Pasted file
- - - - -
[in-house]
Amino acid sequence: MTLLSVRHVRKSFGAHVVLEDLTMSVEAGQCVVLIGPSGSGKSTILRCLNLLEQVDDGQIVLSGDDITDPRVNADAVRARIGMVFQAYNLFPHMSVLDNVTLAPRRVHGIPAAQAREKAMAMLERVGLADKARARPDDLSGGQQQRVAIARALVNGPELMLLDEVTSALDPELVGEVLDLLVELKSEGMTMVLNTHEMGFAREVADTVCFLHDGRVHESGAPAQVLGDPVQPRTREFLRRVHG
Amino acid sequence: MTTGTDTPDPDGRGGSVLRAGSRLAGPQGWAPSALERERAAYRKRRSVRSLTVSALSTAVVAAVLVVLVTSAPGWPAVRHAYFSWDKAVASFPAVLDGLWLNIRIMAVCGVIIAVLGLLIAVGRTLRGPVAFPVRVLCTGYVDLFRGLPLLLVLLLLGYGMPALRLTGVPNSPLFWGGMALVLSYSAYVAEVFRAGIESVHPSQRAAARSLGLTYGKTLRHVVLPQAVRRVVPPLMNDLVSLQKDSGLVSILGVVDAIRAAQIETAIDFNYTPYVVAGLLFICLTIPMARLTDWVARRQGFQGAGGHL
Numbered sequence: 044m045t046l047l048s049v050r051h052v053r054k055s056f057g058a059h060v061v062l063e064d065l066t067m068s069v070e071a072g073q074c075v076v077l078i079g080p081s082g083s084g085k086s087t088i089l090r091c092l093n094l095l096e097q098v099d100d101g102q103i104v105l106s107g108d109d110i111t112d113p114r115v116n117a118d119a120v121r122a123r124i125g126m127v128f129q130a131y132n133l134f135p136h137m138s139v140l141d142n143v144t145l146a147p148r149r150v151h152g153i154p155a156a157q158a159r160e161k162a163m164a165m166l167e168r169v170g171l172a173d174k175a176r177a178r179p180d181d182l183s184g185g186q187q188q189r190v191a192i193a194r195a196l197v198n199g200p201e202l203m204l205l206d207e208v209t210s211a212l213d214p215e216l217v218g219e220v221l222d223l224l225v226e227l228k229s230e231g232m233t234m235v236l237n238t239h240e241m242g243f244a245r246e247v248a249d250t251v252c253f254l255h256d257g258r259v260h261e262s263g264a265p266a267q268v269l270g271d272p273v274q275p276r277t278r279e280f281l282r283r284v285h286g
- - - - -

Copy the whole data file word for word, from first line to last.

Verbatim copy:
[in-house]
Amino acid sequence: MTLLSVRHVRKSFGAHVVLEDLTMSVEAGQCVVLIGPSGSGKSTILRCLNLLEQVDDGQIVLSGDDITDPRVNADAVRARIGMVFQAYNLFPHMSVLDNVTLAPRRVHGIPAAQAREKAMAMLERVGLADKARARPDDLSGGQQQRVAIARALVNGPELMLLDEVTSALDPELVGEVLDLLVELKSEGMTMVLNTHEMGFAREVADTVCFLHDGRVHESGAPAQVLGDPVQPRTREFLRRVHG
Amino acid sequence: MTTGTDTPDPDGRGGSVLRAGSRLAGPQGWAPSALERERAAYRKRRSVRSLTVSALSTAVVAAVLVVLVTSAPGWPAVRHAYFSWDKAVASFPAVLDGLWLNIRIMAVCGVIIAVLGLLIAVGRTLRGPVAFPVRVLCTGYVDLFRGLPLLLVLLLLGYGMPALRLTGVPNSPLFWGGMALVLSYSAYVAEVFRAGIESVHPSQRAAARSLGLTYGKTLRHVVLPQAVRRVVPPLMNDLVSLQKDSGLVSILGVVDAIRAAQIETAIDFNYTPYVVAGLLFICLTIPMARLTDWVARRQGFQGAGGHL
Numbered sequence: 044m045t046l047l048s049v050r051h052v053r054k055s056f057g058a059h060v061v062l063e064d065l066t067m068s069v070e071a072g073q074c075v076v077l078i079g080p081s082g083s084g085k086s087t088i089l090r091c092l093n094l095l096e097q098v099d100d101g102q103i104v105l106s107g108d109d110i111t112d113p114r115v116n117a118d119a120v121r122a123r124i125g126m127v128f129q130a131y132n133l134f135p136h137m138s139v140l141d142n143v144t145l146a147p148r149r150v151h152g153i154p155a156a157q158a159r160e161k162a163m164a165m166l167e168r169v170g171l172a173d174k175a176r177a178r179p180d181d182l183s184g185g186q187q188q189r190v191a192i193a194r195a196l197v198n199g200p201e202l203m204l205l206d207e208v209t210s211a212l213d214p215e216l217v218g219e220v221l222d223l224l225v226e227l228k229s230e231g232m233t234m235v236l237n238t239h240e241m242g243f244a245r246e247v248a249d250t251v252c253f254l255h256d257g258r259v260h261e262s263g264a265p266a267q268v269l270g271d272p273v274q275p276r277t278r279e280f281l282r283r284v285h286g